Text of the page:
Question:A friend of mine recently finished estate planning documents. He told me his attorney suggested a power of attorney as part of those documents. Can you explain power of attorney?
Answer: A power of attorney is authorization from a principal for another person, the attorney-in-fact or agent, in the principal's place. In some cases, the power can be oral. The principal can authorize an agent to sign a contract with the principal's name. However, it can be difficult to prove the attorney-in-fact was authorized under an oral agreement and, in many cases, a written power is required for effectiveness, such as when signing a deed conveying real estate.
Under Florida statutes, if a power of attorney requires execution and delivery of a recordable document, the power must be executed with the same formalities as required of the instrument to be recorded and the power must also be recorded in public records. Even if properly signed, the power may not be accepted and the holder of the power may be unable to use it because the other party to the transaction is worried that the power is invalid. The banker might not allow access to bank accounts. A buyer might not be willing to pay if a bill of sale or deed is not being signed by the actual owner. If the principal is dead, incompetent or has withdrawn the power, action under the power may be void.
To offer some protection to people dealing with attorneys in fact, Florida statutes require that upon request an agent must provide a sworn statement that he or she has no knowledge that the principal is incompetent or dead. It can also be required that the agent provide a sworn statement that the power of attorney has not been revoked. Anyone relying on action under a power of attorney who obtains an affidavit from the attorney in fact that he or she has no notice of death of the principal can rely on the power of attorney and the act of the agent will be binding even if the principal is dead. This protection is not provided by statute for incompetency.
Despite the statutes, powers of attorney are often viewed with suspicion because those dealing with the agent do not want to risk the power being invalid. Accordingly, Florida has yet another statute addressing powers of attorney. Section 709.08 authorizes what is known as a durable power of attorney. The durable power has generally been the power of choice in the estate planning context.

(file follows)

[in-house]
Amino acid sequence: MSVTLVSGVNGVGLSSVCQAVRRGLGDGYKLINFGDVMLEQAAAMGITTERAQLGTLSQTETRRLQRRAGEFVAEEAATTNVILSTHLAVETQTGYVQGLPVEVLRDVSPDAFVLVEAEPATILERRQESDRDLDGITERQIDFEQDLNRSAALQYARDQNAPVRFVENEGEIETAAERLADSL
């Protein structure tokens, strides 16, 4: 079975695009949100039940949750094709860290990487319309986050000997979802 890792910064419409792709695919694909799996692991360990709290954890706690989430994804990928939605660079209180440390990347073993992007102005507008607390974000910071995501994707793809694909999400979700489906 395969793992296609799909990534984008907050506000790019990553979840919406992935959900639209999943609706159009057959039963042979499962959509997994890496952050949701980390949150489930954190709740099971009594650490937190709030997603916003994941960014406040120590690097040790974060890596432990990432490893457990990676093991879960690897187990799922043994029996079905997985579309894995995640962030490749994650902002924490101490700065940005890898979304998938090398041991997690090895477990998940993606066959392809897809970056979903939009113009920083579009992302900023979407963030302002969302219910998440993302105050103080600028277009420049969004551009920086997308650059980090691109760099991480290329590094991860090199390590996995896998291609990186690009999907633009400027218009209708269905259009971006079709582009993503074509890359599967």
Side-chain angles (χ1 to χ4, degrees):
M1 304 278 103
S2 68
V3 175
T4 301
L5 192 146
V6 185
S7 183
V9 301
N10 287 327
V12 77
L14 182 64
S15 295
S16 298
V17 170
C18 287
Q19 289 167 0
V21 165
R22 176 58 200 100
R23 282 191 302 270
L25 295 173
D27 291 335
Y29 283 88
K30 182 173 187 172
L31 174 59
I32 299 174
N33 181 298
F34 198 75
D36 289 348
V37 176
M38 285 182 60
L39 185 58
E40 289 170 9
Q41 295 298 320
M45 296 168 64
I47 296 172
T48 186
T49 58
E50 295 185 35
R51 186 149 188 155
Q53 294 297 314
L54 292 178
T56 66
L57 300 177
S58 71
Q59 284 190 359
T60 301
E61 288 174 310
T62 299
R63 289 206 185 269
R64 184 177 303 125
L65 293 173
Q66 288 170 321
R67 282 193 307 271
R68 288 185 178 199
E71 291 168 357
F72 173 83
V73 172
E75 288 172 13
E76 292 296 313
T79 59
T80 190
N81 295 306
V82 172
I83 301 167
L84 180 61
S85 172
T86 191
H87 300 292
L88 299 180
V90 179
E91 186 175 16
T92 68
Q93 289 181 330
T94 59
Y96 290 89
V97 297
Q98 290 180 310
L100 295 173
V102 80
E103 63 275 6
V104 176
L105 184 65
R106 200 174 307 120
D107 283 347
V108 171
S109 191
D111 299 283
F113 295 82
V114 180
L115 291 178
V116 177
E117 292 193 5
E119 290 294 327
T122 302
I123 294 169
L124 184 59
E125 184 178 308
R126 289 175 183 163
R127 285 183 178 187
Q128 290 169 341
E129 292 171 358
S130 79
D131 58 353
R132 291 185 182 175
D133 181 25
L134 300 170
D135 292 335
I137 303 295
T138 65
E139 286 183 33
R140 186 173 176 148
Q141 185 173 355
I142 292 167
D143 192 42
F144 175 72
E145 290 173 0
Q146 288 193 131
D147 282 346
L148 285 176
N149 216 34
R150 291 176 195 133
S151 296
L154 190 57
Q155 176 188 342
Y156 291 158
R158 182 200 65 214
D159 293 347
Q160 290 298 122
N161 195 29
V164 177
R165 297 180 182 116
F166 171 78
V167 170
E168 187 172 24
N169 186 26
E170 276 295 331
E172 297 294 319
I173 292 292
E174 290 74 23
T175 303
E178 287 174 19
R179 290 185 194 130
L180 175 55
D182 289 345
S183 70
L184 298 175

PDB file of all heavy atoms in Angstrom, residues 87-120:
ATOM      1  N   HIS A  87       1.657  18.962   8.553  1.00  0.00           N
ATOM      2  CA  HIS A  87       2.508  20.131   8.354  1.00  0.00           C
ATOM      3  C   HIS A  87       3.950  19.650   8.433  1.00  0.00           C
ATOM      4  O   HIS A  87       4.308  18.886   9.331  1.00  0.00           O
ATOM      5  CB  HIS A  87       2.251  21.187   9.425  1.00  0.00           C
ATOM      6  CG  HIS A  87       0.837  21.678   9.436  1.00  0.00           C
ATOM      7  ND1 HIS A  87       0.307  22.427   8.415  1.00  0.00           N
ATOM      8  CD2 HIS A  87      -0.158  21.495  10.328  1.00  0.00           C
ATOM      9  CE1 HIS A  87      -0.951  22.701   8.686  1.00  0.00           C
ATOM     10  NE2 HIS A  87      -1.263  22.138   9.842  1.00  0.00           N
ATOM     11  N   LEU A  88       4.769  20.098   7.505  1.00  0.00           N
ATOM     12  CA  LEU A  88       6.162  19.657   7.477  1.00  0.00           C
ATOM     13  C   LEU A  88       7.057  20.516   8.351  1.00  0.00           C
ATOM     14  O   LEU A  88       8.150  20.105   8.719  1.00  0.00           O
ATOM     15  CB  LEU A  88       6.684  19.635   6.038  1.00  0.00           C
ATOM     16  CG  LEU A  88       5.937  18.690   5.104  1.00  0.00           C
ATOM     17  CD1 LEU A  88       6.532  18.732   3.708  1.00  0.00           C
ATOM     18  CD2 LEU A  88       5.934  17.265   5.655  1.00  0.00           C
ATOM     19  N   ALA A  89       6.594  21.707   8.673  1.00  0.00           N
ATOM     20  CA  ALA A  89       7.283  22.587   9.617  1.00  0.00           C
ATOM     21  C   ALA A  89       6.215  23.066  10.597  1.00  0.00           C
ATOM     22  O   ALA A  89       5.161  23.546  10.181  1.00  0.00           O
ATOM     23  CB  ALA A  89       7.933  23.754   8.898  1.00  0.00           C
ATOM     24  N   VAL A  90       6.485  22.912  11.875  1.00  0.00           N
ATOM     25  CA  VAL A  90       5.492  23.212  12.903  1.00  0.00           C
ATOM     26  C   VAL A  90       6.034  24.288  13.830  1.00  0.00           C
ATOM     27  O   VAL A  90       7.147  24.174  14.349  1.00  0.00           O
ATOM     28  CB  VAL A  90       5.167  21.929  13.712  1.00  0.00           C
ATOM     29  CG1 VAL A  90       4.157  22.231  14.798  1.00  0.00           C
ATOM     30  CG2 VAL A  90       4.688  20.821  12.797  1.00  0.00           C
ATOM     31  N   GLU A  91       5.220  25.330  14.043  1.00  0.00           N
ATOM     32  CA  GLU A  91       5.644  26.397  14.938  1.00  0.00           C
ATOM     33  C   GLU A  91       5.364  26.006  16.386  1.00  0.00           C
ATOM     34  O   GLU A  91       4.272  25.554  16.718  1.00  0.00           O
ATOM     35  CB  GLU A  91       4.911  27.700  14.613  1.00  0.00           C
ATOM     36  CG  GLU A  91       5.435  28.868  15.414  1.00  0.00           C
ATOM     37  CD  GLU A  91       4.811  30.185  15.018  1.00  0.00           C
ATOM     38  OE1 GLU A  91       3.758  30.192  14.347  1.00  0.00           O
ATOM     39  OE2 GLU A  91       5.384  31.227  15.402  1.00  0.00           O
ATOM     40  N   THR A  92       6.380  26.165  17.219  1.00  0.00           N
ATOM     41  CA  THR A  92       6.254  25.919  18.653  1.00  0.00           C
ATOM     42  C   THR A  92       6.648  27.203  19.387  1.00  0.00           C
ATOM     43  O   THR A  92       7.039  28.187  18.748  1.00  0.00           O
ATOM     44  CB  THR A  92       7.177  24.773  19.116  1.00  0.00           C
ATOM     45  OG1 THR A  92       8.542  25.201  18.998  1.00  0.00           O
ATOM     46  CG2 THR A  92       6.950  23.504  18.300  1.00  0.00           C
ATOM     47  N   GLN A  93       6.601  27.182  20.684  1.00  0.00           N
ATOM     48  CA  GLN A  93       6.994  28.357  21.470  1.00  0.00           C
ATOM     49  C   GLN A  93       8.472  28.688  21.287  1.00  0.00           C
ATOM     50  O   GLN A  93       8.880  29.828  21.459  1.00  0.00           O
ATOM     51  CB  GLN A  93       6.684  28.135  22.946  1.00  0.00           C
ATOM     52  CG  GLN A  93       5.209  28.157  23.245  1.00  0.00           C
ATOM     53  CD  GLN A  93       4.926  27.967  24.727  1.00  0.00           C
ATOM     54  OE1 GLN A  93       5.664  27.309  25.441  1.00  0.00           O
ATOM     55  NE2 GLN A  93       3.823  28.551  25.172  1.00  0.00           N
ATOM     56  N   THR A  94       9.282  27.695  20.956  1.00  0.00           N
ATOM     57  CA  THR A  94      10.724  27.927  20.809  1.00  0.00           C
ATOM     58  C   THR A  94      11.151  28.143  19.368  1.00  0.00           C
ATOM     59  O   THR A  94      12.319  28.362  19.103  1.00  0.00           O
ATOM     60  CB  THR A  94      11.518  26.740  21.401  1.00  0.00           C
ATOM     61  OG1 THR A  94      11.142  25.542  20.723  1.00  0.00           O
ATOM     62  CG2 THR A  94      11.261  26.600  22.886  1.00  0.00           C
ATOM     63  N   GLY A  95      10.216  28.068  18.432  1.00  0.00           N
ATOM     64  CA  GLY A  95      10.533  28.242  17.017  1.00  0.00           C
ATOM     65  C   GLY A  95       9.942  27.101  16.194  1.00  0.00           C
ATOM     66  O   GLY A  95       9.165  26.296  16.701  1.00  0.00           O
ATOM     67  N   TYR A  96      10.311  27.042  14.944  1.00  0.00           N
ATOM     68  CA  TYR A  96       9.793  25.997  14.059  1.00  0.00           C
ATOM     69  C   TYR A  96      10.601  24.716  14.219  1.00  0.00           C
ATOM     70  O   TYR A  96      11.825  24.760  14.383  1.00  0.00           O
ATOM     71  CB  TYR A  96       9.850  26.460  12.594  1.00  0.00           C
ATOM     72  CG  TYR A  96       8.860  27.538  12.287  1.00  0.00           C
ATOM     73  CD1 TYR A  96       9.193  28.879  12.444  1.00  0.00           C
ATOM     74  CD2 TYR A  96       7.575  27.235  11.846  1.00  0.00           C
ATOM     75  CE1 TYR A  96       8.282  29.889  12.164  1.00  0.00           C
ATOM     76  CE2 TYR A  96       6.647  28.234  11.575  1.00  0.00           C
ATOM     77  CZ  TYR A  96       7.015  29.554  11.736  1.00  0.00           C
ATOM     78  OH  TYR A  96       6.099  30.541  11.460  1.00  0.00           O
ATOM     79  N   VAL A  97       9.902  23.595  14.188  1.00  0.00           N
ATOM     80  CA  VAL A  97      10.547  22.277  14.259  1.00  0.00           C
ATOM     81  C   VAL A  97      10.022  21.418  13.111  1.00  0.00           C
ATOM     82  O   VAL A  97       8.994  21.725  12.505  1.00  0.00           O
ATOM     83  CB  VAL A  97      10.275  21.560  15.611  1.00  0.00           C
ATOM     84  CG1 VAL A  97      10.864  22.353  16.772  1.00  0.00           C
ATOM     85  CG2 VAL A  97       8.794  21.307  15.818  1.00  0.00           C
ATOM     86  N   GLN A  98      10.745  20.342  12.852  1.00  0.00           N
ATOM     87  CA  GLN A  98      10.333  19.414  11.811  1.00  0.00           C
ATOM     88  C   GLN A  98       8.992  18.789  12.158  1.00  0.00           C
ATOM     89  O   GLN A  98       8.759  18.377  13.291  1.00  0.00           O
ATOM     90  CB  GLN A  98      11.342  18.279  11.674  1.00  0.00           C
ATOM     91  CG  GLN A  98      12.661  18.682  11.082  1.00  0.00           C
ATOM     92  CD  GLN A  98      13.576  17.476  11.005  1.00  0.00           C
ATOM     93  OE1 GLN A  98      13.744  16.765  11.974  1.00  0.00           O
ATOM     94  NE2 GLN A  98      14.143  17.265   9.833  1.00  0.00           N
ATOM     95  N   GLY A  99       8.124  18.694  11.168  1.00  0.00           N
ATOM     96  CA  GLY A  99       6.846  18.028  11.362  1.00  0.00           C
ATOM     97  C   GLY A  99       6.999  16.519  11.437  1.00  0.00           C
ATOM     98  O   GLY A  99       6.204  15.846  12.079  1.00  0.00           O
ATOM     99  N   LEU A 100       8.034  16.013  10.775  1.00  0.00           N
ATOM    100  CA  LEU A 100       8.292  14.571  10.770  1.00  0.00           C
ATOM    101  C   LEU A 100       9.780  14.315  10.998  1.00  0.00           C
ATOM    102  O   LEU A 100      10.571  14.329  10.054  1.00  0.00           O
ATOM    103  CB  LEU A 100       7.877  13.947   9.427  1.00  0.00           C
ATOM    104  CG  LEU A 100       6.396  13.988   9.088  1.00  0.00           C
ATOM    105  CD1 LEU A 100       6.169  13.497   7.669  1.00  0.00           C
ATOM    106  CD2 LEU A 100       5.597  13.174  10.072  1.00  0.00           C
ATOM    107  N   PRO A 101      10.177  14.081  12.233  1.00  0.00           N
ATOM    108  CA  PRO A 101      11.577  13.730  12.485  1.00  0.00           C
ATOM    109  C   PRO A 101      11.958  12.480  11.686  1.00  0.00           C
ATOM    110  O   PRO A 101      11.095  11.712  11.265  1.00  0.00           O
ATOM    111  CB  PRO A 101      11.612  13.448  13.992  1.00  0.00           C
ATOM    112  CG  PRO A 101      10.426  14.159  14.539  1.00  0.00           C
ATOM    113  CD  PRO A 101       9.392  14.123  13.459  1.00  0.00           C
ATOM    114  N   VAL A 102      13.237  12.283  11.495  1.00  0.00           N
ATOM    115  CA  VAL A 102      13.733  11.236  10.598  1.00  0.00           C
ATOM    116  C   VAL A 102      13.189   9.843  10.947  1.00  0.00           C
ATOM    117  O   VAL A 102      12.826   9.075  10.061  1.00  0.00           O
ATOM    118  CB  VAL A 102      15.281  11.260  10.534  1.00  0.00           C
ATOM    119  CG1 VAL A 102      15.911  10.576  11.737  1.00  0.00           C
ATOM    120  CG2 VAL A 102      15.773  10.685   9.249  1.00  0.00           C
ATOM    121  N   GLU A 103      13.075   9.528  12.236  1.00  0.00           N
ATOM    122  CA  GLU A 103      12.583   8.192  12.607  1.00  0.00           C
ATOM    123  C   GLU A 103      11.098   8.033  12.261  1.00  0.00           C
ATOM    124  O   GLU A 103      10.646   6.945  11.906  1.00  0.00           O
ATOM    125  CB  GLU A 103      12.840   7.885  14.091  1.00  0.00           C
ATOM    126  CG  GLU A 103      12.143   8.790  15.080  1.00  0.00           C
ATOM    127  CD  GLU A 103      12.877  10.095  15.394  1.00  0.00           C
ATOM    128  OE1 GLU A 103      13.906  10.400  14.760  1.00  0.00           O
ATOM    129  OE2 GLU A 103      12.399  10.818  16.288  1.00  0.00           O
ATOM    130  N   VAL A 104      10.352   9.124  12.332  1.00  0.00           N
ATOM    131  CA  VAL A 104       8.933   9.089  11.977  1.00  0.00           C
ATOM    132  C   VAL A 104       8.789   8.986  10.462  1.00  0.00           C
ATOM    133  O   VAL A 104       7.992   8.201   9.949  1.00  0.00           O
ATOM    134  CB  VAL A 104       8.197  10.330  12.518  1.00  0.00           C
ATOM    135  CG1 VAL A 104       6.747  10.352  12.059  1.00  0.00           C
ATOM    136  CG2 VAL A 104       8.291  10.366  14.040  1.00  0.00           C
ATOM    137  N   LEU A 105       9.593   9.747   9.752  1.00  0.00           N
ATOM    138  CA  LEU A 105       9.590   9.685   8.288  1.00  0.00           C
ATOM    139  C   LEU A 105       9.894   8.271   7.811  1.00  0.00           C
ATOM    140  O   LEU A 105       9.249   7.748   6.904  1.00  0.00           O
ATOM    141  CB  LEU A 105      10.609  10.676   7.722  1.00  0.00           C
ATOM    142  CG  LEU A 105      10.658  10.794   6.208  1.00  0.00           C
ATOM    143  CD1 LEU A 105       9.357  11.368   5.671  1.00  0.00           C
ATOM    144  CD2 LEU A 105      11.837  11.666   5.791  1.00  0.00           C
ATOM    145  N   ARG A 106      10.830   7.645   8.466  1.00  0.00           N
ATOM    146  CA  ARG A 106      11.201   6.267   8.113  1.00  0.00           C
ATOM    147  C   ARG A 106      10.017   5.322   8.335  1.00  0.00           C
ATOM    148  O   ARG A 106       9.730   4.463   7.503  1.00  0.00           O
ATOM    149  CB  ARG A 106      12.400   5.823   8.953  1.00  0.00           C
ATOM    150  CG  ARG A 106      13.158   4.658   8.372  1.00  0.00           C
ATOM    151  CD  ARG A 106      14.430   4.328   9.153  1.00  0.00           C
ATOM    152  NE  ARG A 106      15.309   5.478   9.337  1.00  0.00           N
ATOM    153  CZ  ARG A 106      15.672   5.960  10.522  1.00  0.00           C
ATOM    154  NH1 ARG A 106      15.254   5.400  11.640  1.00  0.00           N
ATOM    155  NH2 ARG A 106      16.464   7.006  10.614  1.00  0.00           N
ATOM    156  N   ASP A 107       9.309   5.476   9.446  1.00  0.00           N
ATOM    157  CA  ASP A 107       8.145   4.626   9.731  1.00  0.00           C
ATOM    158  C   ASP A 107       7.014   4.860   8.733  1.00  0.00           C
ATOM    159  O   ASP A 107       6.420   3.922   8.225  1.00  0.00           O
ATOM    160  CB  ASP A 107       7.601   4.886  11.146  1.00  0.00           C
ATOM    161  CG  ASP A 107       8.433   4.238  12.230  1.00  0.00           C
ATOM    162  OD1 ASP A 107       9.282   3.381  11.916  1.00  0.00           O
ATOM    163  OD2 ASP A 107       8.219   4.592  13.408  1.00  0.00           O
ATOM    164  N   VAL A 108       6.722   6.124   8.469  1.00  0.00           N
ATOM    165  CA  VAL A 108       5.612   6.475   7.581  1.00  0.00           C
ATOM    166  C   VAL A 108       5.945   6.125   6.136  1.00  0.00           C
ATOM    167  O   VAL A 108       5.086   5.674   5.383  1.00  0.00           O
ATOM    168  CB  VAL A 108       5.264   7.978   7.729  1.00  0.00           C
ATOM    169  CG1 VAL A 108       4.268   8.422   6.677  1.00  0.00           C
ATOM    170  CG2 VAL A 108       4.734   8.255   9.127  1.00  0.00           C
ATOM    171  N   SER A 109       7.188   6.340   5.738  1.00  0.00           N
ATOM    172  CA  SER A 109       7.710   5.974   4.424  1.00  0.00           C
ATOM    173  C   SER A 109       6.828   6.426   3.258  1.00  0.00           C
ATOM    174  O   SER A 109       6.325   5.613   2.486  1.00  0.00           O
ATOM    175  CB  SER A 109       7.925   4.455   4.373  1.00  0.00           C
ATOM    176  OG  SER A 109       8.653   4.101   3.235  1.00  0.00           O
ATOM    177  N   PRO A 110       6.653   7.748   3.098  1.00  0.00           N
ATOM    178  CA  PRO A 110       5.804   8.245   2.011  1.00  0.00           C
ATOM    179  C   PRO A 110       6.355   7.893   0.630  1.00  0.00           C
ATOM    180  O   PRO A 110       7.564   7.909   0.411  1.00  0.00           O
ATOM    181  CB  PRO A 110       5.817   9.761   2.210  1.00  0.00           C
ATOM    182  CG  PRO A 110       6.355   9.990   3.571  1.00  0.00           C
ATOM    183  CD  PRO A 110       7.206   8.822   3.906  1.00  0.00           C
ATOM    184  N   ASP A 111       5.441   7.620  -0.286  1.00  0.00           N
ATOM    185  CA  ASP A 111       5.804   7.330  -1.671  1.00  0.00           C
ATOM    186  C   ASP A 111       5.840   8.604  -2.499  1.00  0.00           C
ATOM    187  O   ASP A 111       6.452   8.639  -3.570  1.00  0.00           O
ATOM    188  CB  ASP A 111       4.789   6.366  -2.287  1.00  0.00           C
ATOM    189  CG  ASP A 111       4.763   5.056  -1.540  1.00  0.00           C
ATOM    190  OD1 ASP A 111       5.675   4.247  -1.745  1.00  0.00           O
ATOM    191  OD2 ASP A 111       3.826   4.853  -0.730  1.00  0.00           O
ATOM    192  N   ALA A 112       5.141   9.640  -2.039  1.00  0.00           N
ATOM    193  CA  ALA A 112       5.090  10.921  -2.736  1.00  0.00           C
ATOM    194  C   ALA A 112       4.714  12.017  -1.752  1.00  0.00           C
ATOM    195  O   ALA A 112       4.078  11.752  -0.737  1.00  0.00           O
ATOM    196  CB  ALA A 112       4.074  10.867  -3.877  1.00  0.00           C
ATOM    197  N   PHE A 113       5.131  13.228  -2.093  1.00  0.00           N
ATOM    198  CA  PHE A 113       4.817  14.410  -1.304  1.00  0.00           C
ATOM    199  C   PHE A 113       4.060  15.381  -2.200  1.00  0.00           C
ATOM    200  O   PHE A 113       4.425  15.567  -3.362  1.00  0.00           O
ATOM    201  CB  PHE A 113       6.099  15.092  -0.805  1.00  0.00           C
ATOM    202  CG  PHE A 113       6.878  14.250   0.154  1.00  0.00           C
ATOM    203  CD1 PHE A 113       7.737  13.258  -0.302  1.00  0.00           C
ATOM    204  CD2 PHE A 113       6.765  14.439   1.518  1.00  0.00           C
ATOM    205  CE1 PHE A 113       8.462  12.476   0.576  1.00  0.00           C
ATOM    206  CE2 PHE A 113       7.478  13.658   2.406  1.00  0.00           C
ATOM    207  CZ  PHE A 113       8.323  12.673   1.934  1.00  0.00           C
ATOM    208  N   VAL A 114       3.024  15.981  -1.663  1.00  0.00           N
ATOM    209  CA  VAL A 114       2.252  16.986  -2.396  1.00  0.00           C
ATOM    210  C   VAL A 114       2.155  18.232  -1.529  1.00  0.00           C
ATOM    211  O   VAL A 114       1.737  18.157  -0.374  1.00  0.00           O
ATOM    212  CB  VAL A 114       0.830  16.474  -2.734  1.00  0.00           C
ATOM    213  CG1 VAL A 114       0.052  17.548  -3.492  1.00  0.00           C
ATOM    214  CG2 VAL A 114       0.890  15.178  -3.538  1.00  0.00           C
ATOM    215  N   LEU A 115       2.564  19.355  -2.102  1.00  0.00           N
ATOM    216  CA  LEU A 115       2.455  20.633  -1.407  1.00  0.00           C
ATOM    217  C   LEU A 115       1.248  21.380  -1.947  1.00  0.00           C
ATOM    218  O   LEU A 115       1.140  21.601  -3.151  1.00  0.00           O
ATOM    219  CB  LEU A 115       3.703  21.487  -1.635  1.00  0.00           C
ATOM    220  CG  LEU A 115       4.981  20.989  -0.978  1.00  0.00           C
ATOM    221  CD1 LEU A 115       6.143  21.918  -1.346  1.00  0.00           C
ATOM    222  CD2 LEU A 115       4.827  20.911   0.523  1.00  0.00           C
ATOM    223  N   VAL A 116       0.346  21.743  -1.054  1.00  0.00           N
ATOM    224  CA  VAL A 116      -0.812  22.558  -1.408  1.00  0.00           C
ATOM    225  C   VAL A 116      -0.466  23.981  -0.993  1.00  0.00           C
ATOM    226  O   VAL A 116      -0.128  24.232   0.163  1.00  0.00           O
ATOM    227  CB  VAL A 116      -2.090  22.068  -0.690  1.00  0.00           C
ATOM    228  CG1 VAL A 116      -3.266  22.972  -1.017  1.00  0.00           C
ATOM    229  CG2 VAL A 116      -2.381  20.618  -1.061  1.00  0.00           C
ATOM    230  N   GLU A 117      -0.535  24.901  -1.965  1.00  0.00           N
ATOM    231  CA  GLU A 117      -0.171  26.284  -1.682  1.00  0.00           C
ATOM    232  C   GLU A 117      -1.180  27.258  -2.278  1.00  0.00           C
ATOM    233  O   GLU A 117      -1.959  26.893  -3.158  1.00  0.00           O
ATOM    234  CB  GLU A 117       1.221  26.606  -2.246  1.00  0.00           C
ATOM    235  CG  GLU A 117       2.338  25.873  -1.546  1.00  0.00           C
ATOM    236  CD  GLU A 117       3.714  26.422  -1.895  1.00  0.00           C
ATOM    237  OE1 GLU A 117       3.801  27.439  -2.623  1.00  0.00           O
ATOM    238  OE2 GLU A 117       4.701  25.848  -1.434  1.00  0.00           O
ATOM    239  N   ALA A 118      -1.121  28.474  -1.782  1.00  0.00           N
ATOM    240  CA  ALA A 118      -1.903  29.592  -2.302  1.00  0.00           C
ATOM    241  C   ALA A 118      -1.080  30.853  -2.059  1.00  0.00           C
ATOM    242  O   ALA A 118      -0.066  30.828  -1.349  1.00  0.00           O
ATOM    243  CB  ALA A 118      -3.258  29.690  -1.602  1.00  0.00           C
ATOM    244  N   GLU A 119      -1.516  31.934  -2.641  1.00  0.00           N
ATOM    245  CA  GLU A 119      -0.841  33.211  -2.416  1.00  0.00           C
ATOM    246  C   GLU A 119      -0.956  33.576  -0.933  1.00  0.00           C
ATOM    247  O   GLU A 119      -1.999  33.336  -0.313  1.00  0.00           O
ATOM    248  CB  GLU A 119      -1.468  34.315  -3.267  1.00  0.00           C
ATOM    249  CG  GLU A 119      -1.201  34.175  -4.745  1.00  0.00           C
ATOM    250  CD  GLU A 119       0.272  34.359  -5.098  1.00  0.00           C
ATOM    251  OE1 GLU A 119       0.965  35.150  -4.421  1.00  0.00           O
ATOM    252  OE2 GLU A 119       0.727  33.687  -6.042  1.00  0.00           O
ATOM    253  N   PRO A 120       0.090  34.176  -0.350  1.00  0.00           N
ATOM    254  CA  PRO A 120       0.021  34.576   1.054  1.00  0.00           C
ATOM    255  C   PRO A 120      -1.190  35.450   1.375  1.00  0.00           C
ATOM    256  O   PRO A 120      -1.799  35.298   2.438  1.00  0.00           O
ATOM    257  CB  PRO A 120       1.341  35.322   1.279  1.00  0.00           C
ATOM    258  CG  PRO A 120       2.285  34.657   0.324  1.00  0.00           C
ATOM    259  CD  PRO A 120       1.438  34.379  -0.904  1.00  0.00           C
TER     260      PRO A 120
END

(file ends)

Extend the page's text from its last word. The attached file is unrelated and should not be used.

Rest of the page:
A durable power of attorney means what it says. The power survives incapacity of the principal. As all other powers of attorneys, it does not survive death, although the power remains effective under the statute validating action under a power of attorney if the agent did not know of the principal's death. In estate planning, the durable power of attorney is considered a back up for incapacity. If you are disabled or unable to take care of financial matters or with insurance companies, your attorney in fact can act for you. That makes it important that the power stand beyond your incapacity, as specifically authorized by the durable power under Florida statutes.
A durable power of attorney must be in writing and executed with the same formalities required for conveyance of real property. The statement mandates it contain the words: "This durable power of attorney is not affected by subsequent incapacity of the principal except as provided in S.709.08, Florida statues", or similar words. The attorney in fact under a durable power may exercise the authority granted until the principal dies, revokes the power or is found incapacitated by a court, unless the court authorizes continued action under the power of attorney. If a court action is filed to determine the principal's capacity, the power of attorney is suspended, except for any authority granted to make health care decisions for the principal. The statute provides that any third party may rely upon the authority granted in the durable power of attorney until receiving notice that the power has been revoked, the principal is dead, or that proceedings are pending to determine incapacity or appoint a guardian for the principal. Statute also includes suggested form from an affidavit which can be requested from the attorney in fact to confirm the power is valid.
The statute does not mandate third parties allowed use of the durable power. But, if a third party unreasonably refuses to allow an attorney in fact to act under a durable power and a lawsuit is filed because of that refusal, the prevailing party is entitled to damages and attorney's fees. Third parties do not face statutory liability in connection with other powers of attorney.
A power of attorney can be broadly worded or can be limited to specific action. Selection of the attorney in fact is important. A power can provide significant protection in the event of illness or incapacity, and can be of particular benefit when dealing with insurance companies or the government on behalf of the ailing spouse or loved one.
A power of attorney can be an important part of estate planning. I suggest you meet with an experienced attorney to discuss the possible benefits of a power of attorney in your particular circumstances.